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-   -   Totally Tubular (https://www.bikeforums.net/showthread.php?t=154679)

masi61 02-20-22 02:20 PM

obuckler This idea of splicing some tube segment into a latex tube is very interesting! I never even thought of that.

And when you say carpet glue for the base tape, is there a brand that is readily available that you could share?

obuckler 02-20-22 04:26 PM

From a big box home store:

https://cimg0.ibsrv.net/gimg/bikefor...548283046.jpeg


splicing is easy and I would not hesitate to try if you had a need and were handy.

On repairing tubulars either a simple flat or a splice or tube replacement: the first one was hard and the rest got easier and easier. Just try. Same as working on your bike!

JohnDThompson 02-20-22 06:27 PM


Originally Posted by masi61 (Post 22414390)
replacing a tube completely and then re-sewing the carcass sounds VERY ambitious to me. And… I imagine you need a whole lot of thread - can I ask what brand you use and where you obtain it from?

I use a Stewart sewing awl for tubular tire repairs. It makes a locking stitch, like a sewing machine, and comes with heavy waxed thread to make it easier to pull through tough material like heavy canvas, leather, or tubular tire casings.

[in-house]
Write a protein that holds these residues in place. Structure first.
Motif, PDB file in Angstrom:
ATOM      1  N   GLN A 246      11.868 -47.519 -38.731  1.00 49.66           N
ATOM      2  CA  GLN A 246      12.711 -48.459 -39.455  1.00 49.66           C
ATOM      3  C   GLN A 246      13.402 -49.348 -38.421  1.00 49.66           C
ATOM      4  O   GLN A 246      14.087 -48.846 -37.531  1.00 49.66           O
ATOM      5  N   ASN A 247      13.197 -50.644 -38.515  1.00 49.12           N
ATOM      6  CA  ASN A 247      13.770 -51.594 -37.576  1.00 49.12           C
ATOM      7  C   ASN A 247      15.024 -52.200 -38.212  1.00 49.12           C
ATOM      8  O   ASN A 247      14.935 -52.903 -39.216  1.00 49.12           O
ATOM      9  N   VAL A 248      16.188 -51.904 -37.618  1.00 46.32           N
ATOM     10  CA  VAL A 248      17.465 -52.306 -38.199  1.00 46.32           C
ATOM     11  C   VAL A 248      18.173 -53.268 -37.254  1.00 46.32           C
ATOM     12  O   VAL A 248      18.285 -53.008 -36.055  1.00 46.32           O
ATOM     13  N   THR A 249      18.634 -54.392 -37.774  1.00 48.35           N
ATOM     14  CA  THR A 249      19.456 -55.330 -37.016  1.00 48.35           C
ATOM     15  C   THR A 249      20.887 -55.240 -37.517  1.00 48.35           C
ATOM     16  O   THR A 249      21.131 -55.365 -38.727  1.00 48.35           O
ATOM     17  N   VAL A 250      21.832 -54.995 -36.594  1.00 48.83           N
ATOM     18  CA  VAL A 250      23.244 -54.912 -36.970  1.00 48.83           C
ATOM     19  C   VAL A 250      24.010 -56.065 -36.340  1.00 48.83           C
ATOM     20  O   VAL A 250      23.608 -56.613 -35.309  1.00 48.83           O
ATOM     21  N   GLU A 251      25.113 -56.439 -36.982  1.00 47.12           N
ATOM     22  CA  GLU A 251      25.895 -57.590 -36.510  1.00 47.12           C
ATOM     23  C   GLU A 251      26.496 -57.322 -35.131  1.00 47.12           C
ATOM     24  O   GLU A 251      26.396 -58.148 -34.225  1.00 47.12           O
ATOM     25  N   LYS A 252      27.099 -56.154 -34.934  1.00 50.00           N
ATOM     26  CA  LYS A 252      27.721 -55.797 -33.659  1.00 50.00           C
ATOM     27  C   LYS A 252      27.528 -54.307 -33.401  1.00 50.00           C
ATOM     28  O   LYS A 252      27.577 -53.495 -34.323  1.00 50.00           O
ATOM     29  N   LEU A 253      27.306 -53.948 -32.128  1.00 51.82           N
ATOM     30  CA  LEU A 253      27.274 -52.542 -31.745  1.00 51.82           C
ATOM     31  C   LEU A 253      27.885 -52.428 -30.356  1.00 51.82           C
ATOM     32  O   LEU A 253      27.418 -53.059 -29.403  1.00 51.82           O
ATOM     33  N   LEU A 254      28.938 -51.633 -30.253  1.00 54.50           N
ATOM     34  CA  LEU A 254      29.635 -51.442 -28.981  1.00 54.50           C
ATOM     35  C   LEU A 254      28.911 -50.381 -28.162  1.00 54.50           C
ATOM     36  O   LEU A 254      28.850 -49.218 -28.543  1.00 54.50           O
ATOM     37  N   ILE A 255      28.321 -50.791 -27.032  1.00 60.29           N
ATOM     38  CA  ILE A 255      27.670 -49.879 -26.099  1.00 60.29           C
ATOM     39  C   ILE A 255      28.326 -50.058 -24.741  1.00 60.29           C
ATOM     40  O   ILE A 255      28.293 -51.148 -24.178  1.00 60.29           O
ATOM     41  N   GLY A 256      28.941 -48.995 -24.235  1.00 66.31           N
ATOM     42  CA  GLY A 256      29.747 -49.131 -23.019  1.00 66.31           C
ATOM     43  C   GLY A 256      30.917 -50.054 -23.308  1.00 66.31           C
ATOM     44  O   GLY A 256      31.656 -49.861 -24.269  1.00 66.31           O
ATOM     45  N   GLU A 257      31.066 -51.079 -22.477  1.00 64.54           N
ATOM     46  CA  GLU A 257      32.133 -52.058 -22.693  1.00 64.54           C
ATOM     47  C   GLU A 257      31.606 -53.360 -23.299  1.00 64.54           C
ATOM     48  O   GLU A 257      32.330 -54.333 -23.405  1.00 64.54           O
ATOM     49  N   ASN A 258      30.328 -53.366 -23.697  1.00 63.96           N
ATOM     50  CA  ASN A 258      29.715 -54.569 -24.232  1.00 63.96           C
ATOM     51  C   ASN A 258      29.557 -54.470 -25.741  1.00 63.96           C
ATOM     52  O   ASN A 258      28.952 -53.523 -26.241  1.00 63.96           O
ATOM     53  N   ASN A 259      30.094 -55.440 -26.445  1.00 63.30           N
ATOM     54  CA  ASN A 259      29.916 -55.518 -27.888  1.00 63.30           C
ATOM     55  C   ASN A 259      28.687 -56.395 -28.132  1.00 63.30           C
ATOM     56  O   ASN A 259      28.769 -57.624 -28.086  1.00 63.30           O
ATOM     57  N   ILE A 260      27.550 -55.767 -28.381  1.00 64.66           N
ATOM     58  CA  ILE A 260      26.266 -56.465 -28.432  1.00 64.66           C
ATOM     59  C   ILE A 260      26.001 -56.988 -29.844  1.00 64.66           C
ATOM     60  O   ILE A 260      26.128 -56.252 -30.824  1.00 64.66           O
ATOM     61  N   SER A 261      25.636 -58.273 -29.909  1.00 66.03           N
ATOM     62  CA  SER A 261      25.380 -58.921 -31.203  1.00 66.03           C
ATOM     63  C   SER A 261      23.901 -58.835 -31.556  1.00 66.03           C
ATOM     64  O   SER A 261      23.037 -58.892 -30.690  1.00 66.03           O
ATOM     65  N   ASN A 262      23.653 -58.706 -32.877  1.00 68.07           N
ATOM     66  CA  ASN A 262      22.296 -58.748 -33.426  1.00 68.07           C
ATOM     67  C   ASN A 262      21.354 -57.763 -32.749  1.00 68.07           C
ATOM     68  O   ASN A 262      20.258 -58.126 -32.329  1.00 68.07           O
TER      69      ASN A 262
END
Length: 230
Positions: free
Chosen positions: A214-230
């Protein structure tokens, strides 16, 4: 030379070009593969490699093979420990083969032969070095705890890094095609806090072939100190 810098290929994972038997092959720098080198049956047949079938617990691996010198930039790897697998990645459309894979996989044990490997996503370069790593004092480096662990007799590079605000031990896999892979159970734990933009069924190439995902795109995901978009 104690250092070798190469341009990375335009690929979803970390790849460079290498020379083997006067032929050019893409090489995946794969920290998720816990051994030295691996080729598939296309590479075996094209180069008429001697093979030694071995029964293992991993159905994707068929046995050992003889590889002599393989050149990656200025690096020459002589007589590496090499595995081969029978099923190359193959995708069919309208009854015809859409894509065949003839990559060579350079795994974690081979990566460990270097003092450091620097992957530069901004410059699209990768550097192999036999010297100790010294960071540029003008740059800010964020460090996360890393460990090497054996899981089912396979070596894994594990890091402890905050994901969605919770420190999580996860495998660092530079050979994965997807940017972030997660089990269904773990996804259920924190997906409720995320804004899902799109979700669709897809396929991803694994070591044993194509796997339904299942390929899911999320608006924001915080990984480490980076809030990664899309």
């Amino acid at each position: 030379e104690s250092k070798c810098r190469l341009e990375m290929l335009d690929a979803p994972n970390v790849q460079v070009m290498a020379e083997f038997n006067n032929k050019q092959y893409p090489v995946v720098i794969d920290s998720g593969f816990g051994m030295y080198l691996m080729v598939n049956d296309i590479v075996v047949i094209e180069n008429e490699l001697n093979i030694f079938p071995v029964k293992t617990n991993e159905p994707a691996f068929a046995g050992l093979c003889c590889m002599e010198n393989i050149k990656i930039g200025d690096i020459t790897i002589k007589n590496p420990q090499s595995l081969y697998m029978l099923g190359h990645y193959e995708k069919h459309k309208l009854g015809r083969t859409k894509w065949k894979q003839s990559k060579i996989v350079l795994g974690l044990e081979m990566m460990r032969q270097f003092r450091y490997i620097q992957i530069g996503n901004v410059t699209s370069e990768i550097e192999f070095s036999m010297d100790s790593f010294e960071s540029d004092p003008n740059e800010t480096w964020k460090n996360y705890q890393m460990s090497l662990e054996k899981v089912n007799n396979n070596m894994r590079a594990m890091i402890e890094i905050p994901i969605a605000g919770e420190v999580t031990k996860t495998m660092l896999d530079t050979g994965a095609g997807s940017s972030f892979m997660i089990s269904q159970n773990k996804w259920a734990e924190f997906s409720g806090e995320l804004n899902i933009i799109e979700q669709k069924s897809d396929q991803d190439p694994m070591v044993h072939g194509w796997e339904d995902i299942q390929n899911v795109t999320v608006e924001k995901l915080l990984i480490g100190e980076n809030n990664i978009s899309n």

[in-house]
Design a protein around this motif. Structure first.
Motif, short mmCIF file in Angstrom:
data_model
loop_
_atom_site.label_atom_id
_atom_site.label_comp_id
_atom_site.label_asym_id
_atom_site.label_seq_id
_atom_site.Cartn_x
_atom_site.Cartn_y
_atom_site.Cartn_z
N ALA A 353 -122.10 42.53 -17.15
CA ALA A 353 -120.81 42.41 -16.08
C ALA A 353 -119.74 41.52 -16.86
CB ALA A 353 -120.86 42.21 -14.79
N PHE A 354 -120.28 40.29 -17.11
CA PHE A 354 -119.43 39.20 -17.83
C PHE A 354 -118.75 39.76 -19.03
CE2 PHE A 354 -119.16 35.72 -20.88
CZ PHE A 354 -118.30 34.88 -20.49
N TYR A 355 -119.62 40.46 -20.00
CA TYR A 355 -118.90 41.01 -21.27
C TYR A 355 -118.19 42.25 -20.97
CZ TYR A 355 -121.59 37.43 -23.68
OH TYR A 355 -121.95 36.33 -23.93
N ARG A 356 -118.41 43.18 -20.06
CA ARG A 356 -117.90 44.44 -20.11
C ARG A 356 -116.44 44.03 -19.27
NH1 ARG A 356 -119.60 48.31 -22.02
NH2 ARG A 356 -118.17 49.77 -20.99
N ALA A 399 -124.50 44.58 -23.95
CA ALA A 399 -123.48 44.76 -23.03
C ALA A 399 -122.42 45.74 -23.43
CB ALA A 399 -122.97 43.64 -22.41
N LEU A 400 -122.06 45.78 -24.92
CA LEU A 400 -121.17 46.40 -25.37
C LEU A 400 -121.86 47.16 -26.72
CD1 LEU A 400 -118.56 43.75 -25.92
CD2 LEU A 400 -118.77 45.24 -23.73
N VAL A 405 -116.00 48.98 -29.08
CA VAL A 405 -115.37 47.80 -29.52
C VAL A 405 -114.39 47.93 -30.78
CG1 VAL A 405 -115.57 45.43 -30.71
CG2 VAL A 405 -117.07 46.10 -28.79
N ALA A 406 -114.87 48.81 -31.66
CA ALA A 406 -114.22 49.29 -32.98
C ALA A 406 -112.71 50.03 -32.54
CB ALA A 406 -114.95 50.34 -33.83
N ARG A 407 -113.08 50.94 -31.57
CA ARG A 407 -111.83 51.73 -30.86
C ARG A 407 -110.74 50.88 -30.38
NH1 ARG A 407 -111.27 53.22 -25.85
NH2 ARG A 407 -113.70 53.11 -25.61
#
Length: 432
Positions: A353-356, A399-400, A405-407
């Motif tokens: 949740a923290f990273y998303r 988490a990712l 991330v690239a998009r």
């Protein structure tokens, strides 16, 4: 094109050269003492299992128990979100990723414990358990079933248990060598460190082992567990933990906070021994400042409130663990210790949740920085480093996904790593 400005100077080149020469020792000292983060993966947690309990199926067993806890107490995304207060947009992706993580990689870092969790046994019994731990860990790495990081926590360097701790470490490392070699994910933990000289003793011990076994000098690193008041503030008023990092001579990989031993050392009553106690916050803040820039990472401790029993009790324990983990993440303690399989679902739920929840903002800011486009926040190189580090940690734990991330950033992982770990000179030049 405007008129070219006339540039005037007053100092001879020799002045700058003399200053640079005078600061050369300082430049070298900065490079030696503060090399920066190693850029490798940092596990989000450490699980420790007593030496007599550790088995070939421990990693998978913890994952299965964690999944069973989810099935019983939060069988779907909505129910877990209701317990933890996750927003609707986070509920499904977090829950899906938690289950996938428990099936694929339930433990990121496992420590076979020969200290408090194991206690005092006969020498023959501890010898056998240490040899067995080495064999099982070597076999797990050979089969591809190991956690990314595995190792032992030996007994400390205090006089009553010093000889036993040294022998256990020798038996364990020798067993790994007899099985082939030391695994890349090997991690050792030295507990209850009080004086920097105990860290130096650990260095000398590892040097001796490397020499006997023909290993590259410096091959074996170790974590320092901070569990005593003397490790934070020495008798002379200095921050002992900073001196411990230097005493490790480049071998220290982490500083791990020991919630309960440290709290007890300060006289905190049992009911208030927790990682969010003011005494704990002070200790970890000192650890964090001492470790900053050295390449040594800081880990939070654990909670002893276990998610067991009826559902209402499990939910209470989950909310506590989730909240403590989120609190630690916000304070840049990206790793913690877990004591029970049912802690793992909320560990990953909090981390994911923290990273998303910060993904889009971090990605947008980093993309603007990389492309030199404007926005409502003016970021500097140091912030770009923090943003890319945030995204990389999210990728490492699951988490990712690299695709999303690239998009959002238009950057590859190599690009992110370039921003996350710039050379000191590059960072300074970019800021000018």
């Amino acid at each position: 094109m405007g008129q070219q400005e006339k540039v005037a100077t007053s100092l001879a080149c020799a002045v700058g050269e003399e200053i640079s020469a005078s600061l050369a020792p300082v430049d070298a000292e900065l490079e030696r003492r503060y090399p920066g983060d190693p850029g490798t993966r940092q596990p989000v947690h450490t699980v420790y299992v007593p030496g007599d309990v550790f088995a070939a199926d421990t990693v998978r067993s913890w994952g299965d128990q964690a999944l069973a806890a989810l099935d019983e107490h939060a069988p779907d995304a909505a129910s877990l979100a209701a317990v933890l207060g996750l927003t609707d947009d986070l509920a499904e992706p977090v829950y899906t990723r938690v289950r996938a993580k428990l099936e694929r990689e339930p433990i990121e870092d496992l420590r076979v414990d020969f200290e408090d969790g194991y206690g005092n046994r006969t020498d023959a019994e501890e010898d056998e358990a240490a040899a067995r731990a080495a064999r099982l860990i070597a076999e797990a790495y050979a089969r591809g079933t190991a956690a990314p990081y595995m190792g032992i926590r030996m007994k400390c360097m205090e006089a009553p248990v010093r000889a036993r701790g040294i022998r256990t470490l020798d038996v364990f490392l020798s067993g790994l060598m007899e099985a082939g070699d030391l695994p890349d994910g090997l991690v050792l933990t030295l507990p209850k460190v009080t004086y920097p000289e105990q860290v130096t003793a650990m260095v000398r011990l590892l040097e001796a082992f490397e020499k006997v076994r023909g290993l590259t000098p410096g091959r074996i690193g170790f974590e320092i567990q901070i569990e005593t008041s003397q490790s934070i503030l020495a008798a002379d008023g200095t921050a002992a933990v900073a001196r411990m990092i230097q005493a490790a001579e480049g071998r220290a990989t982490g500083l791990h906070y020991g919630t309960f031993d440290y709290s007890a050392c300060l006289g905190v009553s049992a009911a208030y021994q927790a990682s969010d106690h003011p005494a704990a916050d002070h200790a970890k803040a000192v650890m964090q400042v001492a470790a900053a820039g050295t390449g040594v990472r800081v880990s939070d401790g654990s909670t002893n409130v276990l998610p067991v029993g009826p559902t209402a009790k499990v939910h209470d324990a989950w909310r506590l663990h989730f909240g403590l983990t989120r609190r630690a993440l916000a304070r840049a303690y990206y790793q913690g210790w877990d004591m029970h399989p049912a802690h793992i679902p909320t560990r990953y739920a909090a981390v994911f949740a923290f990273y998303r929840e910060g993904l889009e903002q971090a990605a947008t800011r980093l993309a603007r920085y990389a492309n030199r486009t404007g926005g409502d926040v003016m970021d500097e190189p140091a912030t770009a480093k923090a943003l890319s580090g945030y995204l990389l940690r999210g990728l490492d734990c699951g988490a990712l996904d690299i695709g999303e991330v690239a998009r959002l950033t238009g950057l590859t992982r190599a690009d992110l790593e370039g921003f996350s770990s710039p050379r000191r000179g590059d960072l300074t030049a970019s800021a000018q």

https://images.squarespace-cdn.com/c...Y/T110_Pkg.jpg

obuckler 02-20-22 08:33 PM

I have that awl or it’s knock and on my first repairs years ago did use it. Maybe I’m just older now but I still had too much trouble pushing that awl needle through—even after tapering the tip on the grinding wheel. Of course with it you can duplicate the exact stitching. Now I found a hint I think from Brandt about just using a single thread back and forth (through three holes back one skip forward and repeat) that keeps the same crossings diagonally—which is important to have the tire have proper shape. In the end it was quicker for me. Maybe I just did not have the right awl needles.

This is not time consuming for me as I collect all my flats (about one a year) and do the whole bunch at once during down times. All this talk about repairs could put people off on tubies! And out of four tires saved three and that works out to a nice sum to save.

pastorbobnlnh 02-21-22 08:53 AM

obuckler in theory at least, even the valve stem section of the tube could be spliced into a defective tube. Have you ever had the necessity to attempt one, and if so how did it hold up? I ask, because I recently installed a Vittoria Corsa with a leak at the valve stem. Fortunately, it was new, and I've sent it back for a warranty replacement (see post #2202 in this thread).

obuckler 02-21-22 11:42 AM


Originally Posted by pastorbobnlnh (Post 22416412)